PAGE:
KD: That’s a big thing. My books are cozies too. Sophie was not a character who was really focused on her ethnic identity. Sometimes in some of the books you see how the world can be more focused on it than she is, but that’s not really the point of the books. And we shouldn’t have a landscape where you have to either be a) talking about the black experience and black identity to be considered a worthy book of color, or reversed, b) that someone just happens to be black and therefore it’s okay. We really do need to have both. I do think that we’re getting there, I really do, more so than we’ve ever been before, certainly in my experience, but we need to continue to expand on that. One shouldn’t be elevated over the other necessarily if we need all of the above, because as you pointed out, that’s certainly the case for books for white people.

GAH: I was wondering if we could talk very briefly, guys, about something that I’ve been concerned about for a while, and that is black readers of mystery or genre fiction who won’t touch black authors. They’ll read authors in the genre all day long, but they won’t touch Walter’s books, they won’t touch mine, they won’t touch Kellye’s, et cetera. Have you guys encountered that and how do you feel about it?

RHH: Yes. I was actually about to say, we can say all this but if no one’s reading it, including black women, and white women, especially for cozy readers, all this is pointless because the publishers are looking at how many people are actually reading your books. I finally did get to go to the Virginia Book Festival this past year and got to go to the Links Brunch, and that was the biggest event I’ve ever been to where there were so many black women reading, and they were like, “We’ve never heard of you.” It broke my heart because I’ve been around for a long time, but for some reason I haven’t been able to break past that barrier. Maybe it’s a regional thing or something. But I know my publisher has no idea how to get me in front of large groups of black women readers — but they haven’t figured out how to do that with white women readers either.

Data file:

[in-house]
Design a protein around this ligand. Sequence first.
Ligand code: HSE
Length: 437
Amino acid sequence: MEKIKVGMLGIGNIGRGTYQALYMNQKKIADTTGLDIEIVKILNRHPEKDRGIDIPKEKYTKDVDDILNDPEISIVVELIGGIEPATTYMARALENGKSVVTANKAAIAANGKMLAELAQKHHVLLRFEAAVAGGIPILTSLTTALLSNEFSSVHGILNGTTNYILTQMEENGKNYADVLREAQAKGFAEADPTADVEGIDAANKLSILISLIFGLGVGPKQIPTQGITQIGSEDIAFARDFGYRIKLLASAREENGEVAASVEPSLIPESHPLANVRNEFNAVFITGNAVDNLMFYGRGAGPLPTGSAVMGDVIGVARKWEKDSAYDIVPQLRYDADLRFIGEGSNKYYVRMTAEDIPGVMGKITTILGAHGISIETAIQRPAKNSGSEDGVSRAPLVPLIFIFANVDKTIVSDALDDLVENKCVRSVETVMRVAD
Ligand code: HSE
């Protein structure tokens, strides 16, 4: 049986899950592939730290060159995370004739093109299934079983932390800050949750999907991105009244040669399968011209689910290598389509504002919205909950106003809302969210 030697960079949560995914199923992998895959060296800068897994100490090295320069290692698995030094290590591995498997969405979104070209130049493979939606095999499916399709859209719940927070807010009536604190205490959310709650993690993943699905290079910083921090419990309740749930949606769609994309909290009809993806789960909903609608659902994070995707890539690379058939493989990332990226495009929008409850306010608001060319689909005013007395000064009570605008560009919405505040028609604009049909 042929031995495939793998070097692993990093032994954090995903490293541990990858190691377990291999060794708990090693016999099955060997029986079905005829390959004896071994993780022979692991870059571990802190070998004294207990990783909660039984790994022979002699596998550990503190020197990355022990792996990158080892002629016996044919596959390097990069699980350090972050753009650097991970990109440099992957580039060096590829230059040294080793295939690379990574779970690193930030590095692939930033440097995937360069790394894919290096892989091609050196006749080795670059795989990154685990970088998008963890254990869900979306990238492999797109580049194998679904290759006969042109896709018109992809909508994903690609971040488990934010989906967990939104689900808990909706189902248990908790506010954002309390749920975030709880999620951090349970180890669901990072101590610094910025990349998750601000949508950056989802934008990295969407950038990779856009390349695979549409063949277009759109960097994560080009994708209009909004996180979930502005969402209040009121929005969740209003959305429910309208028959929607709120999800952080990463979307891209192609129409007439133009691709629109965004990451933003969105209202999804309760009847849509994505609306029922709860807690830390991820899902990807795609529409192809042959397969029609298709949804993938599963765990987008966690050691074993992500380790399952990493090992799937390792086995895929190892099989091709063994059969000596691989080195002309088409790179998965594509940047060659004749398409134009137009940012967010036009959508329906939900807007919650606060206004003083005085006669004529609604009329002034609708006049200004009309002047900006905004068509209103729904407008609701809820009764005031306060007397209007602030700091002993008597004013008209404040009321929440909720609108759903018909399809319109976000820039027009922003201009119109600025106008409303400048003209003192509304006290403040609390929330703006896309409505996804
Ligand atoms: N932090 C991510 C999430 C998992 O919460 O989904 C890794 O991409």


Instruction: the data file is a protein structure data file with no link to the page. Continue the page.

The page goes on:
WM: Can I say something about this? One of the reasons that I was thinking that we should have an organization is because whether right or wrong, most people think of us as urban writers. And there’s a lot of attention to literature in urban areas. The one thing I think that was superior about what we were back in that day is that Eleanor Taylor Bland who kept us together, and we would appear in all of these places. I think right now if we were able as an organization to appear in cities, we could get all of our names out to a large group of people and also sell more books. It’s up to us because nobody else is gonna do it. We could talk about that forever, but nobody else is gonna do it. Because why even think about it? There’s no kind of money they’re gonna make. But if we had 10 or 12 or 15 writers appearing at literary and mystery festivals in the various cities, we could have a big impact and we would sell a lot more books and get people aware of us.

BN: You know, I remember doing numbers of events for black women’s organizations with huge audiences. There was one somewhere in the South, the Mary Church Terrell Literary Club, and, of course, there was the Go On Girl! Book Club. Your agent may want to look at the list of black women’s organizations if you are trying to break into more black readership.